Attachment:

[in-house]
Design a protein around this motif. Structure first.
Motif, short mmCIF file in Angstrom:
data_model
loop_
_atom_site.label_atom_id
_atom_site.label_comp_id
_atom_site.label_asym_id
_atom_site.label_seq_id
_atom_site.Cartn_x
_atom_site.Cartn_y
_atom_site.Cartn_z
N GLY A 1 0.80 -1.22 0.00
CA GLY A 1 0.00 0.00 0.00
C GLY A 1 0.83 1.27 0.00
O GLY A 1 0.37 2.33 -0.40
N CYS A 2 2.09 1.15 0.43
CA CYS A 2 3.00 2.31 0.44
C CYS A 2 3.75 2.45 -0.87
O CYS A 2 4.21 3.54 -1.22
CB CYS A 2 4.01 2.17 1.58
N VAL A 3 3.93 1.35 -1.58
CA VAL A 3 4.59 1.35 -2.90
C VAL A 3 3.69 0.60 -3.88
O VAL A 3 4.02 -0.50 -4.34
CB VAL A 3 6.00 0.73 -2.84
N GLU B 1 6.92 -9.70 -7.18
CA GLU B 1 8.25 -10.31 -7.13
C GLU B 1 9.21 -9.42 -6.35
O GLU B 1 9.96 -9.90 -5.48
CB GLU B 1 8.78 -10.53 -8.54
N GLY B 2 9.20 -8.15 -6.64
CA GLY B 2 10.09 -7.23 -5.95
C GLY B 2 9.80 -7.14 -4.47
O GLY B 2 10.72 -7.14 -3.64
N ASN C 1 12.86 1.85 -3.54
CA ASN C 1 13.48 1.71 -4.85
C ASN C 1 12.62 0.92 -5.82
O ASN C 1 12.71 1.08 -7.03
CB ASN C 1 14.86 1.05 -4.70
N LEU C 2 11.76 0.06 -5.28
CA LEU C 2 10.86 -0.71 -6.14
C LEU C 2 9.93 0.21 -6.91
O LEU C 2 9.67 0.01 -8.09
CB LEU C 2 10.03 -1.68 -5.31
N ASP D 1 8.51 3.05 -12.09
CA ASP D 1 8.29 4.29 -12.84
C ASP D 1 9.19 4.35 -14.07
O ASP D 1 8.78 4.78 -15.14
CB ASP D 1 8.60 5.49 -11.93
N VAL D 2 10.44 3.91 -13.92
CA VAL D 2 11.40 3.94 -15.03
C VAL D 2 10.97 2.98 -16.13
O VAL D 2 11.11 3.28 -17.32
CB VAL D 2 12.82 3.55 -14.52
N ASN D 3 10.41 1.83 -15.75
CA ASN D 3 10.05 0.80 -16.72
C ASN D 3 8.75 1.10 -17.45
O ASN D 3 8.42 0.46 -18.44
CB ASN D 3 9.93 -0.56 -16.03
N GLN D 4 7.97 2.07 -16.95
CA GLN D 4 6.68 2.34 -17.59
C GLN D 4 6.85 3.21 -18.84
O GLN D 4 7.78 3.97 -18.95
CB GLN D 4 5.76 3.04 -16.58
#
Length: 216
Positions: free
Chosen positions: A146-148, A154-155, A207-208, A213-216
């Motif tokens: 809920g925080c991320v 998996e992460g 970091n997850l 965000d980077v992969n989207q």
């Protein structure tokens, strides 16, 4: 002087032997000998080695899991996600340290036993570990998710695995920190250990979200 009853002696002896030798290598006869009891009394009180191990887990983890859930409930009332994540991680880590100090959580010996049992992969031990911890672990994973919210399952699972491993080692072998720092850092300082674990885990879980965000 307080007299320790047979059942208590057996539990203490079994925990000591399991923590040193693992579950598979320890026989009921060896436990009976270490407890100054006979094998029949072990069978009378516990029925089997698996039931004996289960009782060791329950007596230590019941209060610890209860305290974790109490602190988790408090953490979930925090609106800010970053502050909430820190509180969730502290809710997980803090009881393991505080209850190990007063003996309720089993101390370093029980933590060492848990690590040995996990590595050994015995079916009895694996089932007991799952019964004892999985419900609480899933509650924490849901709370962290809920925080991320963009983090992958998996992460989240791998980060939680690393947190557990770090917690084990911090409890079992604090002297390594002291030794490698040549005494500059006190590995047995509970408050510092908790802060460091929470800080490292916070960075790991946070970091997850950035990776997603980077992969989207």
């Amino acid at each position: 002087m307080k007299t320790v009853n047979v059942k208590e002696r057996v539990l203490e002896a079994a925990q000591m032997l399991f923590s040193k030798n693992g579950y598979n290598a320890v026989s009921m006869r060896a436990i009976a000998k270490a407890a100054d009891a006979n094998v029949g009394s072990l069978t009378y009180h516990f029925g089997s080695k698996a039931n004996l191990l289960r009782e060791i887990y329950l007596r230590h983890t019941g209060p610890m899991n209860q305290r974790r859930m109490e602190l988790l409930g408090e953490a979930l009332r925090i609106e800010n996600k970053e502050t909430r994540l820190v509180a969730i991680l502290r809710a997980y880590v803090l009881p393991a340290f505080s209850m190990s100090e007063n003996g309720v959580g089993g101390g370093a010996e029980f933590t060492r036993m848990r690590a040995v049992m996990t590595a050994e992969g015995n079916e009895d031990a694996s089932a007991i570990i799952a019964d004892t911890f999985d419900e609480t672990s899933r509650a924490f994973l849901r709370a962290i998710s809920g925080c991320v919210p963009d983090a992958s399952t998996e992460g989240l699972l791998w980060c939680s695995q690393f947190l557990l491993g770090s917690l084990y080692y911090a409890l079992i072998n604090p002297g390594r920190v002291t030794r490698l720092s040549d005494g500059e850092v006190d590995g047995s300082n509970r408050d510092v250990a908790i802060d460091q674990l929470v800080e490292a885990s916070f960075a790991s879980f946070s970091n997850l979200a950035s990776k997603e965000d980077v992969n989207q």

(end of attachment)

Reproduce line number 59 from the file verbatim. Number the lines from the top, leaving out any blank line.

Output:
O ASN D 3 8.42 0.46 -18.44